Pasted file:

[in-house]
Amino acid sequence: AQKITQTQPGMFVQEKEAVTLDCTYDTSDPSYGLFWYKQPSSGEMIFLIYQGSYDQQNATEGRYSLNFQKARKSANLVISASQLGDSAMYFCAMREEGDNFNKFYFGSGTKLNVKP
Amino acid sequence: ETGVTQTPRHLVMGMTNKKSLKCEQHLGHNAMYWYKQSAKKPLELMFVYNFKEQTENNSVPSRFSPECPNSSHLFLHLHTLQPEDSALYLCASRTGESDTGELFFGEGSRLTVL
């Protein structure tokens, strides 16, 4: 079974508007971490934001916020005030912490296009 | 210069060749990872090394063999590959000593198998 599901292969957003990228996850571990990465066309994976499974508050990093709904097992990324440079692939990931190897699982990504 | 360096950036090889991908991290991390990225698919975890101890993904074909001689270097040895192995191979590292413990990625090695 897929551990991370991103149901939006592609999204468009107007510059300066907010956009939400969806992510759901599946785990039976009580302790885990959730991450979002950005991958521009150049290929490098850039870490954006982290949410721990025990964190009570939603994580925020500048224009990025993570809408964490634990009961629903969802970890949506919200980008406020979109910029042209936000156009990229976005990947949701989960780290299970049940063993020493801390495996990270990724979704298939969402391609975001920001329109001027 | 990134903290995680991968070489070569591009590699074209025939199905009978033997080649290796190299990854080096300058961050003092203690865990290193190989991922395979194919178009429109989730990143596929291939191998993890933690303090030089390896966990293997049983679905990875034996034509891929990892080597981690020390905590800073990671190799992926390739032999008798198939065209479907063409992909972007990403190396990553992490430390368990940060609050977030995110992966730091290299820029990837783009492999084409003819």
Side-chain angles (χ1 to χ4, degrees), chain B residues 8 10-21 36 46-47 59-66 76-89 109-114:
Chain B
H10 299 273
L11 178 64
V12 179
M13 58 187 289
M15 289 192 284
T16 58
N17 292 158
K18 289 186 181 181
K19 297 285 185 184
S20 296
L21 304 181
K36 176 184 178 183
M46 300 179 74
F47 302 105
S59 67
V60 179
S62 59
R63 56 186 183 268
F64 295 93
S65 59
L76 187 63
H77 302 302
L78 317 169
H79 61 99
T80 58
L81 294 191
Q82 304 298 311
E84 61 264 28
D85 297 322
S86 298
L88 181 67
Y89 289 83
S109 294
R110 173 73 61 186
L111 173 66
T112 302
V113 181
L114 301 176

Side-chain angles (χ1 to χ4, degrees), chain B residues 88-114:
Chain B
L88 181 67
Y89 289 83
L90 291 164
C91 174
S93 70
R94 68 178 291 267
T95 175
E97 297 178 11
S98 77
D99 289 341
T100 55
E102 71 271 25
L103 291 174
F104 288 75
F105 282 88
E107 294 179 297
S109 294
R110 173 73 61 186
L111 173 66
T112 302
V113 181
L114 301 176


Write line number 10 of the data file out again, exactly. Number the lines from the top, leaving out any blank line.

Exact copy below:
M13 58 187 289